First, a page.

Home » Reading » (Ron Slate on) William Matthews on Narrative and Time

(Ron Slate on) William Matthews on Narrative and Time

Emphasis mine:

Matthews knew the dangers inherent in narrative, as spelled out in another Curiosities essay, “Dishonesty and Bad Manners”: “Things happen consecutively in narrative that happen simultaneously in psychic life, and there are many critics and poets who prefer the experience of consecutive time to simultaneous time because it makes moral discourse easier, and because causality and guilt are easier to assert as religious or quasi-religious principles in narrative than in any of the many other experiences of time.” His dream was for an upshot of psychic immediacy in the course of a riff, a disruption of the poem’s official time zone.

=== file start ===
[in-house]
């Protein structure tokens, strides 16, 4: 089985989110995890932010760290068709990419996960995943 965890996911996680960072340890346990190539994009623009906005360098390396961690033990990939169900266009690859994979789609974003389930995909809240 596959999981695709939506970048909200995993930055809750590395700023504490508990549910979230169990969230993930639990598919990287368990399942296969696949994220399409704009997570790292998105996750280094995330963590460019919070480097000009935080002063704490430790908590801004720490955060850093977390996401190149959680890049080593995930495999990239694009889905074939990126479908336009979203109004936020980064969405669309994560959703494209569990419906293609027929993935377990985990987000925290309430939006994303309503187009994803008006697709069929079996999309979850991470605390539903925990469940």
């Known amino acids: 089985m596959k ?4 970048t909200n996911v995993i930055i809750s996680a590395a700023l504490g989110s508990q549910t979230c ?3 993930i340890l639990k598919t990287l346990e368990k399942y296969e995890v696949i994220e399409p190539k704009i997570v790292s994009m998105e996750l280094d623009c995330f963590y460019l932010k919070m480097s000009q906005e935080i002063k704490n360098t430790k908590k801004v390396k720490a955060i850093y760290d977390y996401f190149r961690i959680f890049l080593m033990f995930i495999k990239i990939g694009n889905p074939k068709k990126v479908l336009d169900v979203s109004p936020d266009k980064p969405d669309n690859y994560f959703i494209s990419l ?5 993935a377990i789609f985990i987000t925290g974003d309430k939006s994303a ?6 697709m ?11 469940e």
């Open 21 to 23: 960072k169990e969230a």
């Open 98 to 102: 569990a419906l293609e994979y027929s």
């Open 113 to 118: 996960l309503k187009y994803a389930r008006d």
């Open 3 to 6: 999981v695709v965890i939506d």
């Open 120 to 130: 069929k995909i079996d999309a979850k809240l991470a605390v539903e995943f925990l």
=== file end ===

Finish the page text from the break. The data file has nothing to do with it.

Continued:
via on New Hope for the Dead: Uncollected William Matthews, ed. by Sebastian Matthews and Stanley Plumly (Red Hen Press) | On the Seawall: A Literary Website by Ron Slate (GD).

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